Sunnylands—the expansive Rancho Mirage winter retreat of wealthy philanthropists Walter and Leonore Annenberg—has famously hosted presidents, heads of state, royals and celebrities since it was built in 1966.
Now it's hailed as a masterpiece of midcentury modernism, an exemplar of adaptive reuse and a pioneer in sustainable landscaping practices and green technologies. And since 2012 it's been open to you: You may visit Sunnylands for free Thursdays through Sundays. (Admission to the center and gardens is free, but taking a tour of the historic house costs $45).
To honor the estate's history and legacy, the Southern California chapter of the Society of Architectural Historians will host a free talk on Sunnylands by the estate’s director Janice Lyle at 2 p.m. Sunday at the main branch of the Santa Monica Public Library. The event is pegged to the publication of Lyle’s new book, Sunnylands: America's Midcentury Masterpiece.
Lyle described Sunnylands as “an estate that draws on the tradition of great country houses, but displays a 20th-century approach that is not traditional.”
“It reflects an interest in the latest architecture and a love of beautiful objects, as well as a willingness to avoid antique furniture and historic approaches to living,” she told Curbed. “Fluid in its spaces and open to the outdoors, the house encourages relaxation, intimacy, and a constant awareness of the constructed landscape.”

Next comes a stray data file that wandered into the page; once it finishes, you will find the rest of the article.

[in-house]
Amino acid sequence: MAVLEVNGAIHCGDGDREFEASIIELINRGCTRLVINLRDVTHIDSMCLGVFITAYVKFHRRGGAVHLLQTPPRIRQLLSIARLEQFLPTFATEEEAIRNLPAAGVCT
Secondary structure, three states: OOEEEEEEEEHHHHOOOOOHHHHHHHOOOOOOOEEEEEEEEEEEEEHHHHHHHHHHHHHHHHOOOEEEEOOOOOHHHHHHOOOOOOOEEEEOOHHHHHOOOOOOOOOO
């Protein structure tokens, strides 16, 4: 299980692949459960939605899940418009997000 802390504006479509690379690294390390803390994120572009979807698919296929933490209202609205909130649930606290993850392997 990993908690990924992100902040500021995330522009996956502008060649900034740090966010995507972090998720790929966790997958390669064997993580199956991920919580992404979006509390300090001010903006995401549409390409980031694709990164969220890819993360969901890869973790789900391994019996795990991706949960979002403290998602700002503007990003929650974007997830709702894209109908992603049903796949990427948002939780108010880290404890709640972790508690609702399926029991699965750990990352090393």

The Annenbergs wanted a winter getaway in Southern California and commissioned Case Study architect A. Quincy Jones and interior designers William Haines and Ted Graber—noted for popularizing the Hollywood Regency style—in 1963 to create Sunnylands, which is named for the Annenberg ancestral home in Pennsylvania.
Jones came up with the low-slung modernist design for the estate, which now encompasses a 25,000-square-foot main house, a nine-hole golf course, and 13 man-made lakes. At one time it was the largest house in Riverside County.
“A. Quincy Jones achieved a sense of openness and relaxed living with a surprising diagonal entrance, a central garden also on an oblique axis, partition walls that don’t rise to the ceiling, and an egg crate-coffered ceiling connecting the interior and exterior,” Lyle said. “Wide expanses of glass blur the line between indoors and outdoors, pulling the green landscape inside the residence.”
ThoughtCo described the harmony of exterior, interior and environment:
Architect A. Quincy Jones freely used aspects of Frank Lloyd Wright's organic architecture ideas in the design of Sunnylands. The low, rambling residence becomes integrated within the landscape of southern California—the desert, the San Jacinto Mountains. The pink stucco exterior walls are often faced with eleven-foot lava-stone interior walls from Mexico, used as a backdrop to the Annenberg's fine art collection.
The main house is notable for its pyramidal pink roof. Pink is a running motif: It's also the color of the mausoleum that enshrines the remains of the Annenbergs themselves, who died in the 2000s.